Ecocentric

This Year’s Gulf of Mexico Dead Zone Could Be the Biggest on Record

The dead zone in the Gulf of Mexico—a growing and shrinking region of oxygen-free water—could be the largest on record this summer, thanks to flooding and fertilizer runoff.

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NOAA

The dead zone, indicated in red, is filled with low to no-oxygen water, causing nearby fish to flee or die.

The near record-breaking Midwestern drought of 2012 shriveled corn crops and toasted pasture land. But it did have one positive side effect. The drought significantly reduced the size of the seasonal Gulf of Mexico dead zone. Less rain led to less fertilizer runoff—the dead zone is fed by a buildup of nitrogen-based fertilizer in the Gulf—which meant that the 2012 summer dead zone measured just 2,889 sq. miles. That’s still a zone the size of the state of Delaware, but it was the fourth-smallest dead zone on record, and less than half the size of the average between 1995 and 2012.

This year will be different. Heavy rainfall in the Midwest this spring has led to flood conditions, with states like Minnesota and Illinois experiencing some of the wettest spring seasons on record. And all that flooding means a lot more nitrogen-based fertilizer running off into the Gulf. According to an annual estimate from National Oceanic and Atmospheric Administration (NOAA) sponsored modelers at the University of Michigan, Louisiana State University and Louisiana Universities Marine Consortium, this year’s dead zone could be as large as 8,561 sq. miles—roughly the size of New Jersey. That would make it the biggest dead zone on record. And even the low end of the estimate would place this year among the top 10 biggest dead zones on record. Barring an unlikely change in the weather, much of the Gulf of Mexico could become an aquatic desert.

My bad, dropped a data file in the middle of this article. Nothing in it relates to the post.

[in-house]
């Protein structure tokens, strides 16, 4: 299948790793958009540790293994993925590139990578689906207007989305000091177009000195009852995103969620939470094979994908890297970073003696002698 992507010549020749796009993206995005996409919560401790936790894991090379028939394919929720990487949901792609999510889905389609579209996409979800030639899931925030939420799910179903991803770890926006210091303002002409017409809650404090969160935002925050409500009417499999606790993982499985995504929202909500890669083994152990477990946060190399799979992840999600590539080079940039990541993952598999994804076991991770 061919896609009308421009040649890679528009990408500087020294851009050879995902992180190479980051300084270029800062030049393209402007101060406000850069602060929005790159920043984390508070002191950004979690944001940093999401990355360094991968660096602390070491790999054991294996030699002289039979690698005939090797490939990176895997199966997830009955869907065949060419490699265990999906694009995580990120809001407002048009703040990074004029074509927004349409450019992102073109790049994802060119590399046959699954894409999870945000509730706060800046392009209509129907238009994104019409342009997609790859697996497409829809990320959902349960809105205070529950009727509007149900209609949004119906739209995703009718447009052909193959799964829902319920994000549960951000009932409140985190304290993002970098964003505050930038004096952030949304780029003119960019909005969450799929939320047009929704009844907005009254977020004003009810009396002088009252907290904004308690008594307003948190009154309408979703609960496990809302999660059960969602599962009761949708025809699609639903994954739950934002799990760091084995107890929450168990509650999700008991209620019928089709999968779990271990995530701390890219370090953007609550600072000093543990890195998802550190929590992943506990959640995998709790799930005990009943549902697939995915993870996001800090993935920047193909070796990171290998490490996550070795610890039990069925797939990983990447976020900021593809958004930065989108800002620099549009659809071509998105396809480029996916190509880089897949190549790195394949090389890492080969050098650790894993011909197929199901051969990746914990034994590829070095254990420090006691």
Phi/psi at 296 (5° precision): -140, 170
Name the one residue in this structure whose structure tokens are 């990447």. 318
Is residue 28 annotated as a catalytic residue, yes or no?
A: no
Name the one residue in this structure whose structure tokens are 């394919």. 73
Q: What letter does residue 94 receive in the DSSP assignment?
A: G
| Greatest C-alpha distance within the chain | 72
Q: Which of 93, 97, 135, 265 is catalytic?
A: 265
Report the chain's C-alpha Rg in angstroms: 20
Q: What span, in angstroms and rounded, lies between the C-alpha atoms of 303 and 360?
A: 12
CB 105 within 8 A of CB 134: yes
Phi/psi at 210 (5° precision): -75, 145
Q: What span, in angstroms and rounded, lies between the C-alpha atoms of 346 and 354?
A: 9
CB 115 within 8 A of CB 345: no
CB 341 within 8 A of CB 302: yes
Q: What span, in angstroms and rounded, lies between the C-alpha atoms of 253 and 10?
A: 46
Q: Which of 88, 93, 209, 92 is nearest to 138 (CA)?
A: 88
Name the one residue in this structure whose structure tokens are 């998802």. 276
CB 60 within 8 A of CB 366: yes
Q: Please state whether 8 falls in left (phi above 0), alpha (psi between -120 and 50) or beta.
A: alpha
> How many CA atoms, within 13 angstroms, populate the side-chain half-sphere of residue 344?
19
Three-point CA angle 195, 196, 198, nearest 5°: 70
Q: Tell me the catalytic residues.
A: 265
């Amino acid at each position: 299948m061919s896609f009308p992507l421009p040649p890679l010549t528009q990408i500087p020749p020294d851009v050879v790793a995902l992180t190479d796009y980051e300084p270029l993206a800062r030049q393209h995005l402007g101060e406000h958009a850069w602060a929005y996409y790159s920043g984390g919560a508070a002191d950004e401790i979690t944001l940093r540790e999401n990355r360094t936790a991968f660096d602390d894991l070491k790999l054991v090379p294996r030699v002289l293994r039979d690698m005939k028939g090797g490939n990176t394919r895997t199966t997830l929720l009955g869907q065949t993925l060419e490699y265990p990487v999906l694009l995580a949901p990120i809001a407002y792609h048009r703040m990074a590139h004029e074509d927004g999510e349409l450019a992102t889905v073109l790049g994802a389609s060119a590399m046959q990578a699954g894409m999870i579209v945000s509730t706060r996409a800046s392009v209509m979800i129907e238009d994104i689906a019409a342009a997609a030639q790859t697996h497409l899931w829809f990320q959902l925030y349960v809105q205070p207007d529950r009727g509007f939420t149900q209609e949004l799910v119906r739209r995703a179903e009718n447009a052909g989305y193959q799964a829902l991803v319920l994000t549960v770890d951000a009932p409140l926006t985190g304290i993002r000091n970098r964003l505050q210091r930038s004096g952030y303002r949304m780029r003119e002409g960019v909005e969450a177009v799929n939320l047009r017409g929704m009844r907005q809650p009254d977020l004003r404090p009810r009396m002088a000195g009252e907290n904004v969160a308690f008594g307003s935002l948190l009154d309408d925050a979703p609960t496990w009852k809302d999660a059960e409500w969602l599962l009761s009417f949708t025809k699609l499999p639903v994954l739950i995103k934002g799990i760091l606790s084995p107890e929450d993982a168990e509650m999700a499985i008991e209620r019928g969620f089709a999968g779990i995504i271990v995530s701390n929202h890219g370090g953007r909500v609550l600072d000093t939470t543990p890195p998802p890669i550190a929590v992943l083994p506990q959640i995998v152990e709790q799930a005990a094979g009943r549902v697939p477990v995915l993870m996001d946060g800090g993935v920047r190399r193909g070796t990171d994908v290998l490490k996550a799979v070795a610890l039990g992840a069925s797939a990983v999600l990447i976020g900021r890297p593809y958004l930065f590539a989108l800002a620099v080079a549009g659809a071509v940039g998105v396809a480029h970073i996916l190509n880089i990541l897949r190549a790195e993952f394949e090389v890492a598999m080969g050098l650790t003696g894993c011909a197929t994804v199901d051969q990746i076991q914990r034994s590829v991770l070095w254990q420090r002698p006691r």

(MORE: Visualizing the Anthropocene)

The nitrogen nutrients that flow into the Gulf, especially during the rainy spring season, encourages the growth of explosive algal blooms, which feed on the nitrogen. Eventually those algae die and sink to the bottom, and bacteria there get to work decomposing the organic matter. The bacteria consume oxygen in the water as they do, resulting in low-oxygen (hypoxic) or oxygen-free (anoxic) regions in the bottom and near-bottom waters.

That’s what a dead zone—water, essentially, without air. Sealife—including the valuable shellfish popular in Gulf fisheries—either flee the area, much as you or I would if someone were to suck all the oxygen out of the room, or die. That’s why the dead zone matters—the larger it is, the greater the populations of fish that might be affected. With commercial fisheries in the Gulf worth $629 million as of 2009—and still recovering from the impact of the 2010 oil spill—the dead zone means business.

The major factor driving the size of the dead zone—beyond changing flooding patterns—is the use and overuse of fertilizers in America’s rich Midwestern corn belt. The U.S. Geological Survey estimated that 153,000 metric tons of nutrients flowed down the swollen Mississippi and Atchafalaya rivers during May—a 16% increase over the nutrient load average seen during the past 34 years. And as James Greiff of Bloomberg points out in a recent piece, those nutrients are used disproportionately to feed one particular crop:

The culprits behind the dead zone are many, but one deserves special attention: corn. Unlike, say, soybeans, which can grow without fertilizer, corn can’t grow without it. It takes 195 pounds of fertilizer to grow an acre of corn.